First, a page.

Spain, Carteia - Granting of the Latin Rights

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Livy records that in 171 BC, the Roman Senate was petitioned by the sons of Roman soldiers and Iberian women from Carteia who, because they did not possess Roman citizenship, were therefore not permitted to marry women who were Roman citizens themselves. The Senate therefore elevated Carteia to the status of a Roman colony, and granted the inhabitants the right to marry Roman citizens. The elevation of Carteia was a landmark reform – it was the first instance of the Latin Rights (a half-way status between non-citizen provincial and full Roman citizen) being granted outside of Italy. With this new status, Carteia gained its own mint, amphitheatre, temples and port.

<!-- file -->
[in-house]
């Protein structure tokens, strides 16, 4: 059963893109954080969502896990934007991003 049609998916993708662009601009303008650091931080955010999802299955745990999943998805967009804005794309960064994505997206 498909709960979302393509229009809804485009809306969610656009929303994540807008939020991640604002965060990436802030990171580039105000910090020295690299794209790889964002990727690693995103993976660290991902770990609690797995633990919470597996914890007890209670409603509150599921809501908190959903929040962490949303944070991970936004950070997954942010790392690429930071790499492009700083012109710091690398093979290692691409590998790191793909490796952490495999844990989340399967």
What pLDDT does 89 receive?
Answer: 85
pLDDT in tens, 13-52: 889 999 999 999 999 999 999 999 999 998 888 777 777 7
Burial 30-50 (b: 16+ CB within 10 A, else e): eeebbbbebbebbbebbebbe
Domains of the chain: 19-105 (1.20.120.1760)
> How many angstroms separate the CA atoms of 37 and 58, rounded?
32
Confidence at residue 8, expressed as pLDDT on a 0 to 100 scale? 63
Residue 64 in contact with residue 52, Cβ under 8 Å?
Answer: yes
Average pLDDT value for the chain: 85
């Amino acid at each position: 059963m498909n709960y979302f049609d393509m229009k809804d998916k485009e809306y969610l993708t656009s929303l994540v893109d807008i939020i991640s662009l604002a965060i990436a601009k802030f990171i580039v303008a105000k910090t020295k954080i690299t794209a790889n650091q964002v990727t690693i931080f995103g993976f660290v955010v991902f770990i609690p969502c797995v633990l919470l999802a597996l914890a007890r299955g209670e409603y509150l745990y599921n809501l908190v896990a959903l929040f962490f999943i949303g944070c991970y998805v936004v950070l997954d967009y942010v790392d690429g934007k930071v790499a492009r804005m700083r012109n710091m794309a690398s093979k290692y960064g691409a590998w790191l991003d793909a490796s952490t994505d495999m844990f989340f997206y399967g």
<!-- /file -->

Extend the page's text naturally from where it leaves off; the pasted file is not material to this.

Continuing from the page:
Spain, Carteia Æ Quadrans. Circa 40-20 BC. Head of Vulcan right, wearing wreathed pileus, tongs behind / CL.VAL.I.L prow right. Unpublished in the standard references, including the specialist study of F. Chaves Tristan, Las monedas Hispano-Romanas de Carteia, Barcelona 1979; Cf. Jesus Vico sale 121, 2009, 37. 3.67g, 21mm, 10h.

Good Very Fine. Only the second example recorded.